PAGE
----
As leaders begin gathering in Pittsburgh, Pennsylvania for Thursday’s opening of the G20 meeting of developed and emerging nations, the U.N. World Food Programme (WFP) is calling attention to a funding shortfall in Kenya.
Sharply rising food prices and the world financial crisis are making it necessary to reduce the daily rations of needy Kenyans by early next month unless donors make up a $277-million funding shortfall in this downturn economic year. WFP North America chief spokesperson Bettina Luescher warns that such a deficit could leave some 3.8 million Kenyans malnourished and searching for drought relief.
“Funding is down all over the world. We are making a really urgent appeal to the world leaders this week to come up with money so we can feed the hungry. We have an unprecedented situation worldwide. A billion people are going hungry. But this year, we’ve received only about a third of the money that we need to feed all the people that we at the World Food Program need to bring help to,” said Luescher.
For Kenya, WFP has only received eight percent, or $24 million of the $301 million anticipated for feeding close to four million in Kenya over the next six months. Although some countries report progress in recovering from one of the worst economic crises in decades, G20 leaders are said to be proceeding cautiously with the generous pledges they have made in previous years for funding projects and helping developing countries meet millennium development goals (MDGs) by the year 2015.
In the case of Kenya, which has shouldered a heavy international burden of caring for hundreds of thousands of displaced Somali civilians and other East African refugees, U.N. food coordinators have played a prominent role working with Nairobi officials to help the hungry. The WFP’s Luescher says making up the budget shortfall is simply a matter of political will.
“Last year, the world governments were so generous and enabled us to feed more than 100-million people. This year, we have to give the urgent appeal that we’re in the middle of a perfect storm. You have this drought in Kenya. You have the financial crisis. Laborers that have gone abroad are not sending as much money back home to their families. So all of these things are coming together to turn it into a real crisis,” she observes.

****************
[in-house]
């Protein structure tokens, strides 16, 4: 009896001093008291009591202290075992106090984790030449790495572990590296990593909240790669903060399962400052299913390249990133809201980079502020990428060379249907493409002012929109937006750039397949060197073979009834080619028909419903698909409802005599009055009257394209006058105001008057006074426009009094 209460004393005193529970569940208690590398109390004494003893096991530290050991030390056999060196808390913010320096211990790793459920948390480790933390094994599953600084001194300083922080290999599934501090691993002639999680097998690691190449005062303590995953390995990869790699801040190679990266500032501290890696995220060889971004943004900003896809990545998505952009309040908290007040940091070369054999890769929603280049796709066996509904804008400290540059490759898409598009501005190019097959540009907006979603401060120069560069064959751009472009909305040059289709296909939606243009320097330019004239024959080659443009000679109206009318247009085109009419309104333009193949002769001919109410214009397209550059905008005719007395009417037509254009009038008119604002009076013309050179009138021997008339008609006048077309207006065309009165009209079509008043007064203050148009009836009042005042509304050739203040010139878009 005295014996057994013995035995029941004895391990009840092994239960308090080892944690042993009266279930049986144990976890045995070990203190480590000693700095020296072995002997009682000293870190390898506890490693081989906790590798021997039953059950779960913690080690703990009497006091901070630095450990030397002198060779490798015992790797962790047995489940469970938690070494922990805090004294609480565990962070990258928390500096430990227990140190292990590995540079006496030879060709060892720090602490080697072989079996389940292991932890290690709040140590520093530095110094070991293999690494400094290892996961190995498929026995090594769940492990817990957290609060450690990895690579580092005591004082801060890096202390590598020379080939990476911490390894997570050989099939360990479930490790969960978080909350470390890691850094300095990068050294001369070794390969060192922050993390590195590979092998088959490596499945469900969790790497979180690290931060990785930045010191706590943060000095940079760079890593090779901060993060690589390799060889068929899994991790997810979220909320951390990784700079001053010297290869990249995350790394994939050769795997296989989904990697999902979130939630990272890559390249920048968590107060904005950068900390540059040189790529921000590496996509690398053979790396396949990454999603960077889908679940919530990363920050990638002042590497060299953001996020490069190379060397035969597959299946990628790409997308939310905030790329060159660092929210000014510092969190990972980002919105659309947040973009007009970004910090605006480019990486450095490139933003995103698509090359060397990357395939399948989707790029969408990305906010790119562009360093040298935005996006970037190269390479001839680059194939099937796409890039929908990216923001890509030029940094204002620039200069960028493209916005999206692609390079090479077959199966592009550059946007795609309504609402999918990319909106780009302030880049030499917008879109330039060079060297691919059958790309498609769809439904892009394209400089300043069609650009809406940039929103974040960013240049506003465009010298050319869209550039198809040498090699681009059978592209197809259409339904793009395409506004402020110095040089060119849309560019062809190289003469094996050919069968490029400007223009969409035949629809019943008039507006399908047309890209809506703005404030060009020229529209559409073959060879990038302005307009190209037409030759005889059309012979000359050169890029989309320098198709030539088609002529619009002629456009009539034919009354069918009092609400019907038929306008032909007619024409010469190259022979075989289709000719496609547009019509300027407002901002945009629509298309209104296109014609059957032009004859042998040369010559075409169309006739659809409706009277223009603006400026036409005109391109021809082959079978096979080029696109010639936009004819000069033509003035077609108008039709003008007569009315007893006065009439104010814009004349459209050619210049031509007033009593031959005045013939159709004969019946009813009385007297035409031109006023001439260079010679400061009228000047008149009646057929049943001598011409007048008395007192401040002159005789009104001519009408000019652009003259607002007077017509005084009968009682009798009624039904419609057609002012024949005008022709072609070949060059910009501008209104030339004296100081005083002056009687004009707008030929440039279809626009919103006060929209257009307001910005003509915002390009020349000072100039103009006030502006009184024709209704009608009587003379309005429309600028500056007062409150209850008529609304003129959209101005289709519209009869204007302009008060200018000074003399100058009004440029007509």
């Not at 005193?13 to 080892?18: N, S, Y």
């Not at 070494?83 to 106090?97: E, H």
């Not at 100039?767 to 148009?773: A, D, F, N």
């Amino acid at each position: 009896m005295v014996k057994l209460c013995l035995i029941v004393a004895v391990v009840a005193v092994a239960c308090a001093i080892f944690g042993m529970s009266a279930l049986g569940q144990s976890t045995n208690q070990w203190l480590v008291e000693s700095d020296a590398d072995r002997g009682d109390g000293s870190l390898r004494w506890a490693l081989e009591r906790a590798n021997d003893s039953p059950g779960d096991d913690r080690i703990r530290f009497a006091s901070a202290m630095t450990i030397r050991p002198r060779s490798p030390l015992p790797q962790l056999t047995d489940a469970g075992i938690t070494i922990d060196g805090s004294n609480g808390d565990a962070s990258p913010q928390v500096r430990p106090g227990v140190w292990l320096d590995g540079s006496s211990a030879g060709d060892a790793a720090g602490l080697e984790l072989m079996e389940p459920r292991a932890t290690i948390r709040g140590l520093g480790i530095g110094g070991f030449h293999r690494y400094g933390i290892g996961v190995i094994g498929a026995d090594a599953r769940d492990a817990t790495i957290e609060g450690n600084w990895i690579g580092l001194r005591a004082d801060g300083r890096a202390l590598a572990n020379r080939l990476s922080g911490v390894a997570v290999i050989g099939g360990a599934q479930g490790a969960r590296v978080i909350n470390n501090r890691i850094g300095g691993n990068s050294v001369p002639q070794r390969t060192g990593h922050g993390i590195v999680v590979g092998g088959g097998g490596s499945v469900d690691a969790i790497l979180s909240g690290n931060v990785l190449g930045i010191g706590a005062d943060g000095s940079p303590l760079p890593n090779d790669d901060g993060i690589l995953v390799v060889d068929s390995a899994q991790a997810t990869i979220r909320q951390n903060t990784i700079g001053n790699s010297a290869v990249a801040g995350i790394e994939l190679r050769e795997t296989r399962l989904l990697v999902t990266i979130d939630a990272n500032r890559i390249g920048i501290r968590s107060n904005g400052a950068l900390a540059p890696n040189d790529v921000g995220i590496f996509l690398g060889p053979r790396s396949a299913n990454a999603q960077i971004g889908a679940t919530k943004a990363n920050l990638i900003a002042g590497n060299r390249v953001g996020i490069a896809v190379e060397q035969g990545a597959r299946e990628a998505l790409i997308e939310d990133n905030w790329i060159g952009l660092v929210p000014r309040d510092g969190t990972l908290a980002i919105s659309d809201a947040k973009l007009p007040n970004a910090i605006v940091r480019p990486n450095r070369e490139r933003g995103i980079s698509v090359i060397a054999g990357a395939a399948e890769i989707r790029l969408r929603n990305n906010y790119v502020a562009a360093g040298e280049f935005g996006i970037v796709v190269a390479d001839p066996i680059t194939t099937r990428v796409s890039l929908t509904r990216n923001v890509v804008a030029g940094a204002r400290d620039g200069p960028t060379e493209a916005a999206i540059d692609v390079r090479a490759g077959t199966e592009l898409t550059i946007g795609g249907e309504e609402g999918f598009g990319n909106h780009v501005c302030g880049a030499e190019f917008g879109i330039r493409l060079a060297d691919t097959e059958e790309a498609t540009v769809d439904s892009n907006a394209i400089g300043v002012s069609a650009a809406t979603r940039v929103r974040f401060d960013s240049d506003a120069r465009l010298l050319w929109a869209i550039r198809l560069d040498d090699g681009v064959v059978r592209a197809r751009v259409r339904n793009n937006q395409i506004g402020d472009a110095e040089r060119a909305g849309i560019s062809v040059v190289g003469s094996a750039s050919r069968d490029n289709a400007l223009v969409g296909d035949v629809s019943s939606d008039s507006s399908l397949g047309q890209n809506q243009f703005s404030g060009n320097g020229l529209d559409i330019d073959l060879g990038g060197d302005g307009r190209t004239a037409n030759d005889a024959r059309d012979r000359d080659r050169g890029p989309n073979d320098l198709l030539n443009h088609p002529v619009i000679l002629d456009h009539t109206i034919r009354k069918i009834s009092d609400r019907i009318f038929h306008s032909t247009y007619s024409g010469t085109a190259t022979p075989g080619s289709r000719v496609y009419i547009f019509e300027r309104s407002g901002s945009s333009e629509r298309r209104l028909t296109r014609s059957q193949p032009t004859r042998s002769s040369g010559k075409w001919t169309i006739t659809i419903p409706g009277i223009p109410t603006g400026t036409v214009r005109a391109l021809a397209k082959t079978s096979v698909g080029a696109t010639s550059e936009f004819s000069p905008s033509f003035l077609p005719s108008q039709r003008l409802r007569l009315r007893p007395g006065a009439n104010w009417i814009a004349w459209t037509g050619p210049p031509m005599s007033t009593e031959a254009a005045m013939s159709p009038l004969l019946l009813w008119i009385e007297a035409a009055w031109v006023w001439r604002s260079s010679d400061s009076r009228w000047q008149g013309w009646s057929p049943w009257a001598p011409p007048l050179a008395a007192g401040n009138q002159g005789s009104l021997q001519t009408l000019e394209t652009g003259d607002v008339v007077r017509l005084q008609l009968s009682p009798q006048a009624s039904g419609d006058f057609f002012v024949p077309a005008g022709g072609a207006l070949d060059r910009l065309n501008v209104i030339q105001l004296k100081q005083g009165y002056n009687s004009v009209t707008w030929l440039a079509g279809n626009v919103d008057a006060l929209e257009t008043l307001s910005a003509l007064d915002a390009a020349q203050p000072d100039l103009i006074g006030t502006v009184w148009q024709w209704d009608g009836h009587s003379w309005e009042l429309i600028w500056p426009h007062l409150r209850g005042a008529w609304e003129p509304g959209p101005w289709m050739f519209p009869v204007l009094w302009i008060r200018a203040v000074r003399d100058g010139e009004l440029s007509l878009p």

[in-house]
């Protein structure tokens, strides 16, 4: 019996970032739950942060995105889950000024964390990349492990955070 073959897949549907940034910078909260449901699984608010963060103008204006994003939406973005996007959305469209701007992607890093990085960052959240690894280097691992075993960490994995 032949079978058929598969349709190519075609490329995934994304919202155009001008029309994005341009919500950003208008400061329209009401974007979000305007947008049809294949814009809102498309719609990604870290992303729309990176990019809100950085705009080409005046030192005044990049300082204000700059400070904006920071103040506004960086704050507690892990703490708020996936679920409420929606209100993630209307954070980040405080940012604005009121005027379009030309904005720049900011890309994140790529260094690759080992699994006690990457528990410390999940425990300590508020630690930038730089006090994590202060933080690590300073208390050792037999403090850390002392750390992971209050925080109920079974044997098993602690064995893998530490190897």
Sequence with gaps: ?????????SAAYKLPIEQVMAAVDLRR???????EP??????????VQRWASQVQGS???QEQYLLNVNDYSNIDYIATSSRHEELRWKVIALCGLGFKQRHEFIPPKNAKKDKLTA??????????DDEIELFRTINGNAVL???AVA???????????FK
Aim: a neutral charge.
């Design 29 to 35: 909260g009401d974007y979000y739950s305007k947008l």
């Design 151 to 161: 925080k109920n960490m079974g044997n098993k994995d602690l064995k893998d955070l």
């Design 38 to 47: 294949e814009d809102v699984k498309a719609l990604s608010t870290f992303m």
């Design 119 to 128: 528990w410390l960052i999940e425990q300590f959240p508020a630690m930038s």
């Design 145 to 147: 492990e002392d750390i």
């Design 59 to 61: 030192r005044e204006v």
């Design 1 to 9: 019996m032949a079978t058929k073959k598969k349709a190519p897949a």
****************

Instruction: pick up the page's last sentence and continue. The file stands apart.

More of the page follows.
As an example of the 100-to-120 percent rise in food costs over the past year and the diminishing values food production is posing for Kenya’s population, Luescher cites the case of a rural goat herder.
“The sale of one goat in Kenya used to buy a 90 kilogram bag of maize. And now, it takes four goats to get the same amount of maize. So what we are seeing as people are selling their livestock, those livestock are not nearly as valuable as they were in the past,” she points out.
To counter rising rates of malnutrition, Luescher says the food agency is working closely with Kenyan government officials. Both WFP and the government are operating school meal programs to keep children in school, promote take-home rations for their families, and discourage Kenya’s rapidly growing numbers of youth from abandoning their educational pursuits in order to become breadwinners for their relatives.
Health issues have also arisen because of the drought, which has left farmers with barren fields and caused grazing lands to be littered with the carcasses of dead cattle. For Kenyan city dwellers also, Luescher says soaring food costs are posing new hunger challenges for the urban poor.
“Compared to a few years ago, your bag of rice or maize is double what it once was, but you live on an extremely tiny income of less than a dollar a day. You simply cannot afford the food that’s on the shelf. That is in a sense a new phase of hunger, the urban poor. Traditionally we have often dealt especially with the rural poor. But we’re seeing more and more over the last one or two years that the urban poor cannot cope with the situation any more,” she says.
In Pittsburgh this week, the WFP and other international agencies will try to ensure that progress achieved over the past few years by developing countries will not be reversed by the temporal strains of a food crisis, a drought crisis, and a world financial crisis.